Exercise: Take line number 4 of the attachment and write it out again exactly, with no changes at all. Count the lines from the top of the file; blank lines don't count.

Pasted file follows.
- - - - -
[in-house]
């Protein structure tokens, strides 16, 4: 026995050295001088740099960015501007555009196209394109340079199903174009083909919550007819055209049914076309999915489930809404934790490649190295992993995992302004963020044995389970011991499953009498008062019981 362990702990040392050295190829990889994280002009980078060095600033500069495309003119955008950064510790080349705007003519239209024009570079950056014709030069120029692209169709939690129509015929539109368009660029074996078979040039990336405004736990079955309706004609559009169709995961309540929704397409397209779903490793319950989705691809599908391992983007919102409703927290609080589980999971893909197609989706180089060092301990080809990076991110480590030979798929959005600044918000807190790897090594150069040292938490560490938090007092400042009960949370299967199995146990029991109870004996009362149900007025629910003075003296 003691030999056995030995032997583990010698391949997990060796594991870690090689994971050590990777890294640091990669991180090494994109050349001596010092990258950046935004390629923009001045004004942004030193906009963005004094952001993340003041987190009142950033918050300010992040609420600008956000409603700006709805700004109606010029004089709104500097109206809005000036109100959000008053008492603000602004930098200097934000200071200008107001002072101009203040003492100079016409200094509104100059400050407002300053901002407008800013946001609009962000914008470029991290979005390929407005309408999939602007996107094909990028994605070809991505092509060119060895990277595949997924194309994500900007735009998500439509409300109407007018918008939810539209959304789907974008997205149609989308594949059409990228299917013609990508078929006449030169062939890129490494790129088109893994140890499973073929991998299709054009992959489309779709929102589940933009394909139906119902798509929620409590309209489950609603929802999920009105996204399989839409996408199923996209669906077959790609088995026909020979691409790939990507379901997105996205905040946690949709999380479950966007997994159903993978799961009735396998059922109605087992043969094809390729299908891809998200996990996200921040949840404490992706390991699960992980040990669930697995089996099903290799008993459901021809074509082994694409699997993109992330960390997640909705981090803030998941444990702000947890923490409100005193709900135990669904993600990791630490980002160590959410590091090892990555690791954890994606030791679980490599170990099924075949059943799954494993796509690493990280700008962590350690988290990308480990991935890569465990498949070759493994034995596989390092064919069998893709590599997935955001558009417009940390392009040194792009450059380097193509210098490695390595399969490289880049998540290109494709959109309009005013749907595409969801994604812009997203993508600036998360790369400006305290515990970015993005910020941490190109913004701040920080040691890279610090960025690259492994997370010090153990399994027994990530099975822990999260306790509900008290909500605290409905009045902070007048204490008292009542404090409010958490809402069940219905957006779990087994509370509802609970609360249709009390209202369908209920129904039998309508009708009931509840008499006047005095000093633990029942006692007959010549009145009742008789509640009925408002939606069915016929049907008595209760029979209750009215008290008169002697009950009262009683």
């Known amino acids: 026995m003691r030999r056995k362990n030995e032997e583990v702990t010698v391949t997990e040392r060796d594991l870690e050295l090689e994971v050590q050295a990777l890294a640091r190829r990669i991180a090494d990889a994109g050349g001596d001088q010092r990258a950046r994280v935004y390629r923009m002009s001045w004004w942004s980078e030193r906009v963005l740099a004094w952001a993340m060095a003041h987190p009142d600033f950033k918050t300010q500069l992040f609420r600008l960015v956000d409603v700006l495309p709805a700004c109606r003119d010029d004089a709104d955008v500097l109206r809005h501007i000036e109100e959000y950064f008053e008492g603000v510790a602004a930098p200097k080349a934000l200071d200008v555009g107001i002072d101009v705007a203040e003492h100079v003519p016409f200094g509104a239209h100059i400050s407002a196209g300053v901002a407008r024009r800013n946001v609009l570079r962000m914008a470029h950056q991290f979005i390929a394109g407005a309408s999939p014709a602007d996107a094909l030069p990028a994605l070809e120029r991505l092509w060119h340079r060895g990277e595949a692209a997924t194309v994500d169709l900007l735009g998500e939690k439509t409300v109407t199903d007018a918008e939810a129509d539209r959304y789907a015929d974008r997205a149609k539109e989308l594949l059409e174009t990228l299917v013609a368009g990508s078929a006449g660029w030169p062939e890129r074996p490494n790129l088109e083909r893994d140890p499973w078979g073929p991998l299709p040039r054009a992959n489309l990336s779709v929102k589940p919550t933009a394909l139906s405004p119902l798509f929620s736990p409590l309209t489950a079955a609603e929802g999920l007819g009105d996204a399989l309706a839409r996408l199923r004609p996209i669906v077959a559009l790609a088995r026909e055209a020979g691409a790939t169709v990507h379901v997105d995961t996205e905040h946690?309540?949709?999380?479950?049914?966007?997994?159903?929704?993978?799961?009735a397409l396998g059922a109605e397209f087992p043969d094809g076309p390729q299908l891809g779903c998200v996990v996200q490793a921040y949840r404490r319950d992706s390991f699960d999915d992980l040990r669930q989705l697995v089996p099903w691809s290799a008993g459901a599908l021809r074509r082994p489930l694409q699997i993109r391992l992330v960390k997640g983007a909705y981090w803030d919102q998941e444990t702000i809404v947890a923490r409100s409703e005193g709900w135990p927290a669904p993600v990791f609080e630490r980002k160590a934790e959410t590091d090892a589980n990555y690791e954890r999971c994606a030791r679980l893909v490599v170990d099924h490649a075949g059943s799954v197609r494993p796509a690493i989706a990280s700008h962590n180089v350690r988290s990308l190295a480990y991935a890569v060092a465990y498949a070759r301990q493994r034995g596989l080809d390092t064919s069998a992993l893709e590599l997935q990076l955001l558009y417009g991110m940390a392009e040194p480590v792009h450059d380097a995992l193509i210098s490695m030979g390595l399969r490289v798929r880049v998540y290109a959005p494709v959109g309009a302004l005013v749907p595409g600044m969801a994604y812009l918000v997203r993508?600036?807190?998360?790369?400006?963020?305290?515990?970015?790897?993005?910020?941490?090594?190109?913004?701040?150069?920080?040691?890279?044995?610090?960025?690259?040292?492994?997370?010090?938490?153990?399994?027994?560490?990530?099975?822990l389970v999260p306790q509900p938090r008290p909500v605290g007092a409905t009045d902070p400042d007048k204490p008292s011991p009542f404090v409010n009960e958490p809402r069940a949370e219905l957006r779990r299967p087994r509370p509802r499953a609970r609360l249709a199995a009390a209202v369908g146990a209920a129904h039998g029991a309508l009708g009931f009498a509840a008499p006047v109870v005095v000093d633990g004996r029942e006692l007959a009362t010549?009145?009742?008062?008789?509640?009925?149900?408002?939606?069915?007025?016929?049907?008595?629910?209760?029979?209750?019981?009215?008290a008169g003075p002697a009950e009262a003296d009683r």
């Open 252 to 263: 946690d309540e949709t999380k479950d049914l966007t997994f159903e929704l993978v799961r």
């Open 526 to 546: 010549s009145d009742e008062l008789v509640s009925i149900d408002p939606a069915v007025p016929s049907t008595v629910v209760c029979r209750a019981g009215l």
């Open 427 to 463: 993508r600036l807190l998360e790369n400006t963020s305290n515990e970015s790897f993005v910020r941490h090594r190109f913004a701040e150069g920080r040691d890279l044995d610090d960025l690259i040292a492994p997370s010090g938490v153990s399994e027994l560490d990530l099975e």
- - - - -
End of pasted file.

């Open 252 to 263: 946690d309540e949709t999380k479950d049914l966007t997994f159903e929704l993978v799961r």